How Taylor Swift's Sexual Assault Case Encouraged Her to Speak Out About Politics

Taylor Swift looks back at winning her sexual assault case against David Mueller in her new Netflix documentary Miss Americana. Learn what she said at the premiere here

By Elyse Dupre Jan 24, 2020 2:28 PMTags
Taylor Swift, MTV Video Music Awards, MTV VMAs, Red Carpet Fashion, 2019, WidgetAndrew H. Walker/Shutterstock

It's been over two years since Taylor Swift won her sexual assault case against David Mueller. In her new Netflix documentary Miss Americana—which premiered at the Sundance Film Festival in Park City, Utah on Thursday—the 30-year-old singer looked back at that time and the impact it had on her. 

"You don't feel a sense of any victory when you win because the process is so dehumanizing," Swift said at one point in the film.

Mueller, a DJ, sued Swift for $3 million after she accused him of groping her at a 2013 concert meet-and-greet and he was fired from his radio station days later. He denied the groping accusation. Swift countersued for a symbolic $1 and won her case.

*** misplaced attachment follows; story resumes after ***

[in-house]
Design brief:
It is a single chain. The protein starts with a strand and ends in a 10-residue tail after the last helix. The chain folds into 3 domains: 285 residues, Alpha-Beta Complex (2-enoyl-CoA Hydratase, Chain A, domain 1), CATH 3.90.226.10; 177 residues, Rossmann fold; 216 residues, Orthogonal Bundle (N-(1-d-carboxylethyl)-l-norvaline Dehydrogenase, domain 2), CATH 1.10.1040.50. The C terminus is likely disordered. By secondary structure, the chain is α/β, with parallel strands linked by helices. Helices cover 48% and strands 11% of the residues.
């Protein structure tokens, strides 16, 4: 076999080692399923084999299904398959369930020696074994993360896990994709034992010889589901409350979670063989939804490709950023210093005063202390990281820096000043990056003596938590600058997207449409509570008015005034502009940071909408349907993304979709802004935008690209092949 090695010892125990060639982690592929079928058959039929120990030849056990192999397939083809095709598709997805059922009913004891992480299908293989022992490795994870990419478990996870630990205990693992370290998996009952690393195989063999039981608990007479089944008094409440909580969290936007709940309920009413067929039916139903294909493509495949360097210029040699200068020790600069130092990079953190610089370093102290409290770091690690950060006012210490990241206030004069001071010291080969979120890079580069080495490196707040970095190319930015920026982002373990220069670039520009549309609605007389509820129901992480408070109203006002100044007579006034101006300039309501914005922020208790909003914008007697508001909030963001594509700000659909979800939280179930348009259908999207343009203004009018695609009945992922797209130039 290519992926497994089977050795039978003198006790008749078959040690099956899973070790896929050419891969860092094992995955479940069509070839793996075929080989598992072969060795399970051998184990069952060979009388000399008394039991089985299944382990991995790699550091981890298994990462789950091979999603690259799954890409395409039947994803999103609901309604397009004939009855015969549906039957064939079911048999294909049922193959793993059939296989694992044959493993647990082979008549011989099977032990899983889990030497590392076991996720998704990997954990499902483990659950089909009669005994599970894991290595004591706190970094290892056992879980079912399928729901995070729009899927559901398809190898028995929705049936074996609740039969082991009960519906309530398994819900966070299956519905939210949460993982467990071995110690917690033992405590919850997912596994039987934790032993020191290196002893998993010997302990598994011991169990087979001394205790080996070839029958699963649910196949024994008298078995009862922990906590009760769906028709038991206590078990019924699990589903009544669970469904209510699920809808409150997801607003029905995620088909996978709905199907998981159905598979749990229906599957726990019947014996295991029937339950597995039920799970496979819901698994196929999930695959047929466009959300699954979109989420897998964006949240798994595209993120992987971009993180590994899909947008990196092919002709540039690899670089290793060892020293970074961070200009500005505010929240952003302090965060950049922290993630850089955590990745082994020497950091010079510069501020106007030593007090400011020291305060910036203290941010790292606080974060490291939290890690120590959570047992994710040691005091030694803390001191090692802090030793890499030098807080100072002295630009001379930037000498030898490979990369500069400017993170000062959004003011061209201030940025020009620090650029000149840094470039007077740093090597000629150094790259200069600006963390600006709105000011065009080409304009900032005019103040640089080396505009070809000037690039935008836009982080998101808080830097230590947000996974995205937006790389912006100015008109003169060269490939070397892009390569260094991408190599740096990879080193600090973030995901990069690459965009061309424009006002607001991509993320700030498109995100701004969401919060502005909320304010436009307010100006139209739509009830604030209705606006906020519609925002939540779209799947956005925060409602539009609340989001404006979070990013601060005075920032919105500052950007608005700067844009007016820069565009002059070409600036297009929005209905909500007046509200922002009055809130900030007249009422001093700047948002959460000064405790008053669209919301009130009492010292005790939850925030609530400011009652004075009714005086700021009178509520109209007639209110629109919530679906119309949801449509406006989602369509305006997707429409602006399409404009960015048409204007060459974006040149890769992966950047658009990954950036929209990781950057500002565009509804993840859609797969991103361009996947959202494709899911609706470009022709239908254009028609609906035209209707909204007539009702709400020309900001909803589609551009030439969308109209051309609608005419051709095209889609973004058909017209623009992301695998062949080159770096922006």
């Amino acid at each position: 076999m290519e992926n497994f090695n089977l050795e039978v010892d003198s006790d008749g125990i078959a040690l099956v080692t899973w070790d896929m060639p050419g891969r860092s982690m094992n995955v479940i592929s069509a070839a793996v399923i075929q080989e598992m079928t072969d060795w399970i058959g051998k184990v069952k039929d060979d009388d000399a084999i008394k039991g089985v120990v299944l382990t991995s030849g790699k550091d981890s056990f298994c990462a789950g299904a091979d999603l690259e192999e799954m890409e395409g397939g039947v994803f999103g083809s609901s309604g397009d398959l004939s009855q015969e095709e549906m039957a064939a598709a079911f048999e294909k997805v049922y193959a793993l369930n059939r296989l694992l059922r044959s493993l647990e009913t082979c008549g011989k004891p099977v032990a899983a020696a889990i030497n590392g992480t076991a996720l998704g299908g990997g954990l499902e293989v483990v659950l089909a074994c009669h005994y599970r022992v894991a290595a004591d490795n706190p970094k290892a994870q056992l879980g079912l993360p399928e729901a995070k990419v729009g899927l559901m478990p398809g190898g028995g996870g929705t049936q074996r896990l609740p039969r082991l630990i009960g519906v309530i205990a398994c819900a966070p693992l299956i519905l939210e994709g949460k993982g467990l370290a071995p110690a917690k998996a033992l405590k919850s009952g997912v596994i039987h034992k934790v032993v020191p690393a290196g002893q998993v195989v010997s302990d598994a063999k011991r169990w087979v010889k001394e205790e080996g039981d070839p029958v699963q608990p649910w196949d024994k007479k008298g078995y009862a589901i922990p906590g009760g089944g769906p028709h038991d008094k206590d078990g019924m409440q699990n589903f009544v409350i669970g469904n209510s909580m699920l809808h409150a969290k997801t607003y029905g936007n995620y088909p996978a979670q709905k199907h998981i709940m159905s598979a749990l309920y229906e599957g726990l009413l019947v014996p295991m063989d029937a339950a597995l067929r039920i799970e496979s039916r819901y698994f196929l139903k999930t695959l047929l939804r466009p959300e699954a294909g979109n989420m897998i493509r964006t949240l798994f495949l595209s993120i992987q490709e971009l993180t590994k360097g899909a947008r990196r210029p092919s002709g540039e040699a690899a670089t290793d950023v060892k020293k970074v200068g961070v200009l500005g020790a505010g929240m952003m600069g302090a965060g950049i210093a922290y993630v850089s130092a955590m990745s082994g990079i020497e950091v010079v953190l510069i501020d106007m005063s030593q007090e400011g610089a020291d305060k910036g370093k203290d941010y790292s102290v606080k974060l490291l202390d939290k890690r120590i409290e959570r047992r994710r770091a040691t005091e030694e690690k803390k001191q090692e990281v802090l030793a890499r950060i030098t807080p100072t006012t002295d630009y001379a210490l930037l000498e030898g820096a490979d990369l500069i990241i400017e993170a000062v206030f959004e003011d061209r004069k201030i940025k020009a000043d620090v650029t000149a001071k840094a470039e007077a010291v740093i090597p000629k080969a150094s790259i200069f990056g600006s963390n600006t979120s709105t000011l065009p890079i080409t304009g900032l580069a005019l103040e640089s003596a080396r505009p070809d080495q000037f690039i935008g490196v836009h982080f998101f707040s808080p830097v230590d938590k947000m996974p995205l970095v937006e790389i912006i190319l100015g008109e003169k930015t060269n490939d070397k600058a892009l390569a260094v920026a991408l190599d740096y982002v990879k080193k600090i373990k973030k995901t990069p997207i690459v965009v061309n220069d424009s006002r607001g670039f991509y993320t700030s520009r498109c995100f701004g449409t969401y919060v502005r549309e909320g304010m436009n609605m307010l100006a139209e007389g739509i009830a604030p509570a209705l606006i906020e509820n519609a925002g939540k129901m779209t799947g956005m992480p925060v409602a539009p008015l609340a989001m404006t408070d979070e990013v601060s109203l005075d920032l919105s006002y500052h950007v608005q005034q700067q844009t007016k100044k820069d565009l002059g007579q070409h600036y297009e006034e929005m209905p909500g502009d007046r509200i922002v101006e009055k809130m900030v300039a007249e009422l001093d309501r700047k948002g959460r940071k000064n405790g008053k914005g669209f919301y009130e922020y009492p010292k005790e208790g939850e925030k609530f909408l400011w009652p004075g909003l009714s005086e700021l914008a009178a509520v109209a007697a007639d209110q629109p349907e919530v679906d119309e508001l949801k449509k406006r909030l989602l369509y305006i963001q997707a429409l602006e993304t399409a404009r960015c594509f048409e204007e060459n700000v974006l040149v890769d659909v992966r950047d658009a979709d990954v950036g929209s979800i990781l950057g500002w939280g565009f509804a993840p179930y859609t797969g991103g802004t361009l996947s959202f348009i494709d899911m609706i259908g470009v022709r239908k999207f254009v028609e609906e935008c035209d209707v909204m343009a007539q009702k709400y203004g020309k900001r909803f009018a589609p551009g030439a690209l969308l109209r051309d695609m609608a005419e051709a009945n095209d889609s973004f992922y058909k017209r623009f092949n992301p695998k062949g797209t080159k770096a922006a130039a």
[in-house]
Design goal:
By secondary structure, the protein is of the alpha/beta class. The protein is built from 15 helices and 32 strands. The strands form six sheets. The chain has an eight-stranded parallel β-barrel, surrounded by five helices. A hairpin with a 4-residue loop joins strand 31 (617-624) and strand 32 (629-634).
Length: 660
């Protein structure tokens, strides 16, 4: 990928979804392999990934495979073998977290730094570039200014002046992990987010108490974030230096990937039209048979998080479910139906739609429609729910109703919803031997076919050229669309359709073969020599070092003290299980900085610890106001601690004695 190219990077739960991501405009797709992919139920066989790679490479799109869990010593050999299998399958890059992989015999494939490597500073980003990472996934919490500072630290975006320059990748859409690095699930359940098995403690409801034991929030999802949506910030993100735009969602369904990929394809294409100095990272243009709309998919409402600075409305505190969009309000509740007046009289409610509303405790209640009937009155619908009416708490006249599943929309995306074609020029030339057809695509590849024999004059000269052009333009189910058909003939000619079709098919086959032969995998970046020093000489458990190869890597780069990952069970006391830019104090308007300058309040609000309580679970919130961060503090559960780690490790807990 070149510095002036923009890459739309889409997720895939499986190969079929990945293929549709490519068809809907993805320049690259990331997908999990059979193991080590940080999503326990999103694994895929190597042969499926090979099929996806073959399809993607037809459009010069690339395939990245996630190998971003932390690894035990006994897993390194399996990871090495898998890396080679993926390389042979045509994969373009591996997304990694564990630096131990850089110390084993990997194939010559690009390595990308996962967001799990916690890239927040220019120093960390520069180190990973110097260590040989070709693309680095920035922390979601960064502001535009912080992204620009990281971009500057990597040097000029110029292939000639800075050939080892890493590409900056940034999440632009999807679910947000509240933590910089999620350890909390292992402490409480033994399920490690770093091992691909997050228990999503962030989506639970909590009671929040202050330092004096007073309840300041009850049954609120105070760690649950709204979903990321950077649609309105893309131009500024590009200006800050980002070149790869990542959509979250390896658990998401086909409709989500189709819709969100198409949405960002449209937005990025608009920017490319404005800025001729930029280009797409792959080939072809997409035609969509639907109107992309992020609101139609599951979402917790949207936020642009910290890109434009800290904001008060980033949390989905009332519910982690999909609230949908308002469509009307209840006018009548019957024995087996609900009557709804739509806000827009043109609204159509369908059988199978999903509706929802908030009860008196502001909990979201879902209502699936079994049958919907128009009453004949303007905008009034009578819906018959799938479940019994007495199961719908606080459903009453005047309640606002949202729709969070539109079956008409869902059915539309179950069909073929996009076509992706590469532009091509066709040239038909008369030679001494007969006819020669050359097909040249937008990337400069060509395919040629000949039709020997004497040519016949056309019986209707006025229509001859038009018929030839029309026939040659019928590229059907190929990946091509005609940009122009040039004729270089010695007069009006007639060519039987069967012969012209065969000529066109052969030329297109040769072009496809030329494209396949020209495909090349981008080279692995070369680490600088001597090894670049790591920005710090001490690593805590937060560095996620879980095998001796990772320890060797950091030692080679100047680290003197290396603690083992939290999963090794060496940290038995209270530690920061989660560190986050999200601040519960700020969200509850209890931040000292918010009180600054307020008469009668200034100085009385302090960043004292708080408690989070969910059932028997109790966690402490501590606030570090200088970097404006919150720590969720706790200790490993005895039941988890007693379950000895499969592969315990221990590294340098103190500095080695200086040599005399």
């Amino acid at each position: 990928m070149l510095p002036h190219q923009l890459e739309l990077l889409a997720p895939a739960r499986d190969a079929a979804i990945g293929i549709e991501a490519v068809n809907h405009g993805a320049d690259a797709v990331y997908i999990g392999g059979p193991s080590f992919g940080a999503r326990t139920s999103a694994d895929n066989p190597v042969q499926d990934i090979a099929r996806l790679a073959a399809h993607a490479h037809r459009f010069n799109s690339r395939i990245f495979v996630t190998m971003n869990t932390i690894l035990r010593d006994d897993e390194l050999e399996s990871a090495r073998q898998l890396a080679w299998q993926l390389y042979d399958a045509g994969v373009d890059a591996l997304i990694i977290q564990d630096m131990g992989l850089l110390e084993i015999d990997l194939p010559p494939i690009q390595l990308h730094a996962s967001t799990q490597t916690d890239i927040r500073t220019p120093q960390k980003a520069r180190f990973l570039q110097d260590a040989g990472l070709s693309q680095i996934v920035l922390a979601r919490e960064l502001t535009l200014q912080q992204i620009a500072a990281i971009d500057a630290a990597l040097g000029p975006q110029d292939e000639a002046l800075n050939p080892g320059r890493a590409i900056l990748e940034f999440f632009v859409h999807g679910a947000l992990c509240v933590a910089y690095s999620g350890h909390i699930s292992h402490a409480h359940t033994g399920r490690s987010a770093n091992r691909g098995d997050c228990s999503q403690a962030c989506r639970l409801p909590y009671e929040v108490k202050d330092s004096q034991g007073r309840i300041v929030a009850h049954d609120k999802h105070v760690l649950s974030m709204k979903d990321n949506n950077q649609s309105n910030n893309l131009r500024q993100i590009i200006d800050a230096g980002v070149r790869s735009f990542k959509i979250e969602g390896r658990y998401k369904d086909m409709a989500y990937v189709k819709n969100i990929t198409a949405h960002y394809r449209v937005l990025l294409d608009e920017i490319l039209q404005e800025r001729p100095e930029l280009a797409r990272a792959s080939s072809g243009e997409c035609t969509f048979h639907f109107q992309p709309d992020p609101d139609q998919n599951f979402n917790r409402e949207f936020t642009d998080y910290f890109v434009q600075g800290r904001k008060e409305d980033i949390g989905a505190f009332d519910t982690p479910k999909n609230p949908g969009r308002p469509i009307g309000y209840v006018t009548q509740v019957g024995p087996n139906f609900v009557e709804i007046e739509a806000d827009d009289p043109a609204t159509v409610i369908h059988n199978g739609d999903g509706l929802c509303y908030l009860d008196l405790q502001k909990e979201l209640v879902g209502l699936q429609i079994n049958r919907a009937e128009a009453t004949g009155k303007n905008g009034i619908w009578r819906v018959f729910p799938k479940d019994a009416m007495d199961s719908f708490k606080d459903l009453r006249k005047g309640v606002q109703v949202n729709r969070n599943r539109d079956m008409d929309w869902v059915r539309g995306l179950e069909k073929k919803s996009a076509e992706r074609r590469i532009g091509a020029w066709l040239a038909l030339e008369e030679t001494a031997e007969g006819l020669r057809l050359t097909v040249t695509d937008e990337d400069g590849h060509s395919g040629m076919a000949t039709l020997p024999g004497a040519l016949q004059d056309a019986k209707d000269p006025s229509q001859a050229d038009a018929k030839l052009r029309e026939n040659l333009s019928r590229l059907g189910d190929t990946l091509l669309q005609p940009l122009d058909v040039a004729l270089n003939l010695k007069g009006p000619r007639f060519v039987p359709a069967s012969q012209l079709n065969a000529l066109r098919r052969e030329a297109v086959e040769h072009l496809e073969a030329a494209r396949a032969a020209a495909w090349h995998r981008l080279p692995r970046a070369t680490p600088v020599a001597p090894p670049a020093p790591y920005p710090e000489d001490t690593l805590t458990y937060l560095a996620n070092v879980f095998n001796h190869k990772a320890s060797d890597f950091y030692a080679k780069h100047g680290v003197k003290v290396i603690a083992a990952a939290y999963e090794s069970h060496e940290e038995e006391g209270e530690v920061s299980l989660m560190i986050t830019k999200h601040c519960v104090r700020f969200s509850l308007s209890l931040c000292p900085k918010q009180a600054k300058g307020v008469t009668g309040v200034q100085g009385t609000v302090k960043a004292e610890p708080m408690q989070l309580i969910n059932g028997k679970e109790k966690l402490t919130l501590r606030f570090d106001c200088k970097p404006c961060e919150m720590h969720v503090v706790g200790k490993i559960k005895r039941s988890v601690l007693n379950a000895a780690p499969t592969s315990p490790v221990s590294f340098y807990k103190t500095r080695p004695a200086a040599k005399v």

"No man in my organization or my family will ever understand what that was like," she said in the documentary.

During a Q&A session at the film's premiere, Swift recalled going through the trial with her mother, Andrea, in Denver, "which was a really horrible experience to have."

"I had all the privilege in the world—financial support and the ability to pay for a brilliant lawyer," she said. "I won that trial, but without all that, I didn't know what would happen. It taught me so much and it was the women in my life who were there every single day going into court."

Swift then reflected on how "our political opinions and our opinions are defined by what happens to us in our life."

"That was one of the things that happened to me in my life and seeing what's happened in my home state and then it all culminated and having to have a conversation with people who have been so wonderfully supportive of me throughout my entire career feeling so afraid for my safety," she said.

At one point, the documentary show Swift's dad, Scott, fearing for her safety after she decides to break her silence on politics by showing her support for Phil Bredesen and speaking out against Marsha Blackburn, the latter of whom later won Tennessee's Senate race.

"Dad, I need you to forgive me for doing it, because I'm doing it," she said.

Swift has continued to speak out. For instance, she showed her support for the LGBTQ community by donating $113,000 to the Tennessee Equality project and by penning a letter to Sen. Lamar Alexander asking him to support the Equality Act.

Fans can watch Miss Americana on Netflix starting Jan. 31.

- Reporting by Alli Rosenbloom